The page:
Within the life sciences, scientific writing is key to informing industry professionals of your product, and ultimately guiding your audience to a sale. However, B2B life science companies often find strategic marketing weaknesses in an area where it should be strong — scientific content.

Is your scientific content falling short? Here’s what you should and shouldn’t do to ensure your scientific content helps you achieve your marketing goals.

Do: Use A Scientific Writer for Scientific Content

Your company employs talented researchers who perform cutting-edge development techniques. However, scientists are often untrained in effective science communication strategies. Health science marketing companies, like SCORR, specifically hire scientific writers to bridge the gap between scientific professionals and your target audience. A scientific writer may have a Ph.D., industry experience, a journalism background, or a natural curiosity for scientific topics. With a combination of scientific knowledge and writing chops, the writer can communicate your message to the chosen audience.

Don’t: Assume Scientists Can Write Scientific Marketing Content

Scientists are trained to write peer-reviewed articles with a formal and impersonal tone, focusing on methods and data analysis. They are often unfamiliar with writing blog articles, or other marketing content, which has a more engaging, personal voice. Unfortunately, sometimes scientists will write a perfect recap of a peer-reviewed article, but when translated to a blog or other long-form piece of content, it becomes less effective as marketing content. While the scientists are well-intentioned, this summary execution is a common trap for life science industry clients.

High-quality scientific content highlights what differentiates your company — whether unique talent, technology, or other feature. It should include anecdotes, approaches, or reasoning beyond the text of the paper. This is the lens a professional science writer brings to your copy — ensuring that there is a narrative for a reader to follow that demonstrates your value proposition, instead of a simple retelling of the same research story.

Do: Write High-Quality White Papers as Part of Your Strategic Marketing

Speaking of research, white papers are a fantastic strategic marketing tool. White papers can serve as a strong foundational piece of content. They are the single place where your scientific and professional acumen can be displayed with a large amount of nuance, without being a research publication.

A well-written scientific white paper can attract potential new customers or researchers if it answers a question they have or solves a problem for them in their capacity as a scientist or researcher. The primary purpose of a white paper is to build trust with your audience. If you can demonstrate expertise and provide value through a white paper, researchers and customers are likely to remember both when they need your services. Some of our clients’ best lead generation begins with a form-fill download of a white paper. When used correctly, the white paper is a powerful tool in your marketing plan.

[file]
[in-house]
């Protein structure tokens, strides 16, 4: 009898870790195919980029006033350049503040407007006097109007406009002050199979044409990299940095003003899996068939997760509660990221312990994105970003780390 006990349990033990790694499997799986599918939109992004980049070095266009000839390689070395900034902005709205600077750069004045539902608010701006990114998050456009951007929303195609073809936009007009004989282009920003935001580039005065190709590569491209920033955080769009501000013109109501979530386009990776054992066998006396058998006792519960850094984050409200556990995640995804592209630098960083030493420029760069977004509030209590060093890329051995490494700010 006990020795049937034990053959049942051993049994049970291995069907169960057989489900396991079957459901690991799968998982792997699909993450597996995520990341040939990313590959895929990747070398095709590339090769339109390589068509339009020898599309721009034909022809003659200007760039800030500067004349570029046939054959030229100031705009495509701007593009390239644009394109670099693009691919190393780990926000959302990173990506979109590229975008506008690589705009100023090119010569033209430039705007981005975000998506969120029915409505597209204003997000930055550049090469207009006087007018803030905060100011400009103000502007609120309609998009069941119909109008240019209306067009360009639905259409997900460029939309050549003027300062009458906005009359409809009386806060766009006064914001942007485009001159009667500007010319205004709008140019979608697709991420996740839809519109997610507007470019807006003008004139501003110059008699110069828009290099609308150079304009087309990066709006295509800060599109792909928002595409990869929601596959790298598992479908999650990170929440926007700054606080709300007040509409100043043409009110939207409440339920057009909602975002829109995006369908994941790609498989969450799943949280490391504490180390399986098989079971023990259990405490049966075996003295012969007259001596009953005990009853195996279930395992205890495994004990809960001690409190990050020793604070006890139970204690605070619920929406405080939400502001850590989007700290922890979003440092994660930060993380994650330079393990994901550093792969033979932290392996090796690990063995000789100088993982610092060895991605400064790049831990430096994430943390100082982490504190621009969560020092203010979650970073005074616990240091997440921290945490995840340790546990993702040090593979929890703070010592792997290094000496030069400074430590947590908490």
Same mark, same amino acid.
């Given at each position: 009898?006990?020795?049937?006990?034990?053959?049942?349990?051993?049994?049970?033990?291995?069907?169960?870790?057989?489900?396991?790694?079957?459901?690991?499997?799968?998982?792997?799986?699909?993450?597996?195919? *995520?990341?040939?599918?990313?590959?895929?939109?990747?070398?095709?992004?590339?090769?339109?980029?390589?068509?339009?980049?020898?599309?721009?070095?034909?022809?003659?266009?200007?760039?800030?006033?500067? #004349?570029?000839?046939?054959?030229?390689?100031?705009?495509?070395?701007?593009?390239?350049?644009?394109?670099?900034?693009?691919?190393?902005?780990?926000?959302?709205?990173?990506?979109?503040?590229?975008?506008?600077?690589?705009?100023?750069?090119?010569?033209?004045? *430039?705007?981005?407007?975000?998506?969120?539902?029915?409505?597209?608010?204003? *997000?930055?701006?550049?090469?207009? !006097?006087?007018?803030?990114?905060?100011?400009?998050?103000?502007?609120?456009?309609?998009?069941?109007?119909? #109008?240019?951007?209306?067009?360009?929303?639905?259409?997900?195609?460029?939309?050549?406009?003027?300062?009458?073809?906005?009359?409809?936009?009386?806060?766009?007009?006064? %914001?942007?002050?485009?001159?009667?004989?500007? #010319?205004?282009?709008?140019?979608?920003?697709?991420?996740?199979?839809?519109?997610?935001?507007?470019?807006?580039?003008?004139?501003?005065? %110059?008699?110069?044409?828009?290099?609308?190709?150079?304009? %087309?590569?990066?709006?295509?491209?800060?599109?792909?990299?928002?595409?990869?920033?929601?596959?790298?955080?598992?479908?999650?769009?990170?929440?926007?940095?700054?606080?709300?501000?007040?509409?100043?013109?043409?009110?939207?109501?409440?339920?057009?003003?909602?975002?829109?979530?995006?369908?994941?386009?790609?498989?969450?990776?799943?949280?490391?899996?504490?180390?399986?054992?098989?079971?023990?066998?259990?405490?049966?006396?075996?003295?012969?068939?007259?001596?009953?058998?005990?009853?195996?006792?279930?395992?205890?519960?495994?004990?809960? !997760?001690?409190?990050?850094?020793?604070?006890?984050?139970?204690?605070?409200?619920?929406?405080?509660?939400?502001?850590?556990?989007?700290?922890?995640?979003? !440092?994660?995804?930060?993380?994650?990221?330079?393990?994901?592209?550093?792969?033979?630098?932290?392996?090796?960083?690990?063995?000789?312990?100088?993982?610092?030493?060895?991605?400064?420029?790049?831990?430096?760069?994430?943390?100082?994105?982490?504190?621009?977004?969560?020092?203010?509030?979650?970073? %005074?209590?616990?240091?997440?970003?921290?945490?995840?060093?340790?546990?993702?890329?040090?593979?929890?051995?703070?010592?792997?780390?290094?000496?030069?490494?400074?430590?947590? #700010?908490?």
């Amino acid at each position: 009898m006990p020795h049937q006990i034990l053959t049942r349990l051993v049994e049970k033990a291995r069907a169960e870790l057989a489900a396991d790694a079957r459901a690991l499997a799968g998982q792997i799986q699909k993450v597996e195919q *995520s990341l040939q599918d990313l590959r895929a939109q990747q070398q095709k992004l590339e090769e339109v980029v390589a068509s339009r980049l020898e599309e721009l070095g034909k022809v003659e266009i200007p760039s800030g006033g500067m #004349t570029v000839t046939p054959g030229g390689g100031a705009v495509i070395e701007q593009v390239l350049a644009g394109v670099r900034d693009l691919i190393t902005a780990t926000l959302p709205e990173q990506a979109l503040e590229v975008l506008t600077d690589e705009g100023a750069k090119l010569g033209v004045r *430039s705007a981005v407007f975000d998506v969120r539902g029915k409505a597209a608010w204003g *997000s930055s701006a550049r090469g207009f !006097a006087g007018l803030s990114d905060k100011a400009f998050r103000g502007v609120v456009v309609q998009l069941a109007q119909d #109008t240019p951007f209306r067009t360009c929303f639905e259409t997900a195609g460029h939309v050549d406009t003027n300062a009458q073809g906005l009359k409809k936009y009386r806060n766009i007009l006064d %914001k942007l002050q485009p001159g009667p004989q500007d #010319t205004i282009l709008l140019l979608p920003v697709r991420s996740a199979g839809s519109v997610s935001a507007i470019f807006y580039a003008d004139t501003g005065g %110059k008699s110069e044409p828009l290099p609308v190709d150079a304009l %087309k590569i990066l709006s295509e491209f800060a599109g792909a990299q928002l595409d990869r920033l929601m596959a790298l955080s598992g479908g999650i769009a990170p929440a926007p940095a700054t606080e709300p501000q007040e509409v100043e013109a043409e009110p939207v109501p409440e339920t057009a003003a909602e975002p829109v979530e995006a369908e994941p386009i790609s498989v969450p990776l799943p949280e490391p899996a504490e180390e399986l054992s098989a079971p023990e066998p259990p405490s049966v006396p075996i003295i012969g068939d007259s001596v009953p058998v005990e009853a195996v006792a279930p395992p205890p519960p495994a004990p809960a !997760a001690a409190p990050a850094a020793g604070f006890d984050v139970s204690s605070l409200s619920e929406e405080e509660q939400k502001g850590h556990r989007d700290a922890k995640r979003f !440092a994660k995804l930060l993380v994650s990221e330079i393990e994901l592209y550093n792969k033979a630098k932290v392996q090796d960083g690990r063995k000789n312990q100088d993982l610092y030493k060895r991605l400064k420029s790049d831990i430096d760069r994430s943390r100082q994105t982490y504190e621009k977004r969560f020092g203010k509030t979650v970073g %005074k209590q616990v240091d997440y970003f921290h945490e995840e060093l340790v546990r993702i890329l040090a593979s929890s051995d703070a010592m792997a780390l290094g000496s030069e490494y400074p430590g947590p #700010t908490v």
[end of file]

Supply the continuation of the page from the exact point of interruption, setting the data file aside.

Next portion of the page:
Don’t: Write Promotional White Papers for Strategic Marketing

While white papers can be a powerful attraction to your company, they also risk becoming a major deterrent. A white paper can fuel strategic marketing, the text of the paper should not be promotional. The point is important enough to repeat — white papers are not promotional content. The industry expects white papers to provide descriptions of problems, methods, and/or solutions that your experts can provide.

“In this white paper, we will demonstrate that our company has the best liquid chromatograph-mass spectrometry (LC-MS) service,” is an example of how not to introduce your main points. A more appropriate statement would be, “When sampling serum for pharmacokinetics, using X approach will increase the sensitivity of LC-MS. As experts in DMPK, we have tried…” In the body of the paper, describe what clients should look for in their LC-MS service providers.

Your white paper can and should focus on your capabilities, especially if they are unique in some way. You can tilt the focus toward the services or products that you want to highlight, while displaying your knowledge of them.

By adopting this simple list of do’s and don’ts for scientific writing, you can upgrade your scientific, strategic content development and improve your marketing. Still need help creating strategic content that engages your audience? Contact SCORR today to see how our scientific writers can help you achieve your marketing goals.

About the Author

Haley Steinhardt
Haley Steinhardt

Director of Thought Leadership, Content & PR Strategy

Haley is a marketing expert and content specialist with 18+ years of experience building brands and promoting thought leaders. As Director of Content and Thought Leadership for SCORR, Haley supports clients in optimizing their voice and presence to reach their target audience meaningfully and effectively through content creation and management, PR and advertising direction, social media and website strategizing, and more.